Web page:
Rainbow Reboot: Mark Wolfe
Reading Rainbow went off the air in 2009, but now it's back as an iPad app, thanks to a partnership formed between film producer and production manager Mark Wolfe and former Rainbow host LeVar Burton, continuing its original mission in a more interactive medium.
When Reading Rainbow left PBS after 26 years of dominating children’s media, it took a generation of book-loving followers with it. Three years later, the Emmy and Peabody Award-winning show that encouraged kids to let reading take them “twice as high” is back as an interactive iPad app that kids (and parents) can use to access brand new books and video field trips.
Mark Wolfe sits at the helm of Rainbow’s relaunch. A film producer and production manager whose credits include Kinsey, I Heart Huckabees and Terminator 3: Rise of the Machines, Wolfe became close to Rainbow host LeVar Burton while filming the 2008 Burton-directed movie, Reach For Me. The following year, the pair formed Burton/Wolfe Entertainment and purchased the perpetual and worldwide exclusive rights to Reading Rainbow from the show’s home station, WNED-TV in Buffalo, New York, in 2011. Wolfe and Burton, in conjunction with a motley crew of educators, app designers, digital publishing experts, and marketing gurus, have spent the past 18 months turning the brand into a two-way teaching tool that can communicate with children and get them excited about reading. But don’t take our word for it.
Get In Media: What made you want to transform Reading Rainbow into an app?
Mark Wolfe: … in 2009 when Reading Rainbow went off the air from PBS, LeVar was doing a lot of media. There was a lot of attention placed on the fact that it was going to be gone and that it wouldn’t be available for the next generation. When LeVar and I were listening to his interview, we kind of realized that there [were] a lot of people calling in … and kind of lamenting it and saying, “Oh my God, I grew up on Reading Rainbow, and now I’m a mom or a dad. I have my own children, and this won’t be there for them. It’s kind of like a frightening jungle of games. There’s nothing like that available for my kids.” LeVar and I kind of looked at each other and went, “Wow, there’s a huge audience that is already missing this, and it just went off the air like a day ago.” That was the very beginning of it, and we quickly realized that bringing it back to television wasn’t the idea. Kids really are spending much more of their time on mobile devices, online, but particularly on mobile devices, and that was in 2009 before the iPad had even come out. So within a few months, we recognized that we wanted to bring it back as an interactive digital experience, where kids are really spending their time now.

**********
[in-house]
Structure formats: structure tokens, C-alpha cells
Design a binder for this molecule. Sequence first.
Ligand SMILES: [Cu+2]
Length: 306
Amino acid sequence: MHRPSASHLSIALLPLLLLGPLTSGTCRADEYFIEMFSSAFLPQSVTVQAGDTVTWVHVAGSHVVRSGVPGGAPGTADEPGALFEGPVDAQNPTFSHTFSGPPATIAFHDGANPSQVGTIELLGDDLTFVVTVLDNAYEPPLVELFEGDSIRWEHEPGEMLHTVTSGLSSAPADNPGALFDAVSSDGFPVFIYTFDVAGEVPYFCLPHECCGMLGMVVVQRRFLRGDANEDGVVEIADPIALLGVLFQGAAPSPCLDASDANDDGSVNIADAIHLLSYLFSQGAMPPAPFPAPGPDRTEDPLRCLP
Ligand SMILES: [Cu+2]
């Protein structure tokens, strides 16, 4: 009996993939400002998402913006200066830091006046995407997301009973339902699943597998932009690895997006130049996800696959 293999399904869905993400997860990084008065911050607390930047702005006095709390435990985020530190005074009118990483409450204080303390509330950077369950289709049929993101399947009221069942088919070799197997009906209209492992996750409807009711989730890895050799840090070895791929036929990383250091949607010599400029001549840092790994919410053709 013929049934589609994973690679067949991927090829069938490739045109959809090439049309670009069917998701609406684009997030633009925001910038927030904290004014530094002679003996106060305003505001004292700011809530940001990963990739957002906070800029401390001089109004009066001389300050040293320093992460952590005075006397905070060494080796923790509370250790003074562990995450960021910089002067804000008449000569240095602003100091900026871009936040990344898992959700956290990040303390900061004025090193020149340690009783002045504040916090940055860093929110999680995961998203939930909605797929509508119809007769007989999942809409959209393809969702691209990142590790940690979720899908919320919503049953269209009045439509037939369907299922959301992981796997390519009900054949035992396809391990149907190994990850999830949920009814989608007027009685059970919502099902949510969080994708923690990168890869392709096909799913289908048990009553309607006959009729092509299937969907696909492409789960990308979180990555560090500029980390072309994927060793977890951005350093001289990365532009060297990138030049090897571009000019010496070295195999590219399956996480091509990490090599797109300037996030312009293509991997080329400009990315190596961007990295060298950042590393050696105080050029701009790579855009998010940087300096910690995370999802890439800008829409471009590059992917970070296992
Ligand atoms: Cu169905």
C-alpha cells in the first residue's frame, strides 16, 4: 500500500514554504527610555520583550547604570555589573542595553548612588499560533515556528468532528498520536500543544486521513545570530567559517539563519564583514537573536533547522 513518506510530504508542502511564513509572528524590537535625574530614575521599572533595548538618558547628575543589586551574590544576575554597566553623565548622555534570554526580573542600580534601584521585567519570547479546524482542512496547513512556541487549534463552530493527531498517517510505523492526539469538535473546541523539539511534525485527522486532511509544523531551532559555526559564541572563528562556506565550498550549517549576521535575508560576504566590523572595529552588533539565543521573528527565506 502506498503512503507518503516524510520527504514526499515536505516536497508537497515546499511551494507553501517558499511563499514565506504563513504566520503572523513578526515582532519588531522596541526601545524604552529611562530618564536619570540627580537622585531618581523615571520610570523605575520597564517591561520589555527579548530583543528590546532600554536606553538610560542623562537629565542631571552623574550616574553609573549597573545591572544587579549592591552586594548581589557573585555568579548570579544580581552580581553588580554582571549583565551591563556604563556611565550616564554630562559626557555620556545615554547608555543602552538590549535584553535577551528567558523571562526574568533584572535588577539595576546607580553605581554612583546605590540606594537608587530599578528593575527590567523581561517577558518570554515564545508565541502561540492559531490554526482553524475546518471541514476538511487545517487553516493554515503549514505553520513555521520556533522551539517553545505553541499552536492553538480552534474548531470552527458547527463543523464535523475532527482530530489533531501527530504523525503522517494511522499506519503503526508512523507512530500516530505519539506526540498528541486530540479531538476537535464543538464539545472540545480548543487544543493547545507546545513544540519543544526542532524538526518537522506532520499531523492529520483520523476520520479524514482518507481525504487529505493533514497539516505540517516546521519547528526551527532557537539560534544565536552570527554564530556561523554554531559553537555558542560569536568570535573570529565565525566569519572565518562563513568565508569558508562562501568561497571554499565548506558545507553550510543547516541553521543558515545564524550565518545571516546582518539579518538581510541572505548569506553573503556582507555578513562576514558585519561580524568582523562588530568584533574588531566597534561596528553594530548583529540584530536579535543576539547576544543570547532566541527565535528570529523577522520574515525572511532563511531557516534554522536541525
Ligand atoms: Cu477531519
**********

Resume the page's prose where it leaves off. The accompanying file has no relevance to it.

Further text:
GIM: What went into transforming it into an app?
MW: … we recognized that we didn’t want it to be linear. We wanted it to be what kids were used to nowadays, what they wanted in their media exposure, whether it’s entertainment or education, they want something that they can interact with. They no longer wanted the linear experience. LeVar and I started spending a lot of time up in the Silicon Valley and in San Francisco. We’re from Hollywood. Both of us have our experience in Hollywood storytelling and in linear storytelling, so we knew how to reach an audience, but we needed the ability to understand and bring on people whose expertise was digital interactivity … We really brought a team on board who understands the digital transformation and how to take products to kids, specifically to kids, in a way that appeals to them. We obviously consulted with educational experts, [to find] a way that also educates them and excites them about reading. Reading Rainbow really is about reading. It’s a love of reading, and that through reading, you can go anywhere. We wanted that to be the focus of the app as well as the TV show, which it is.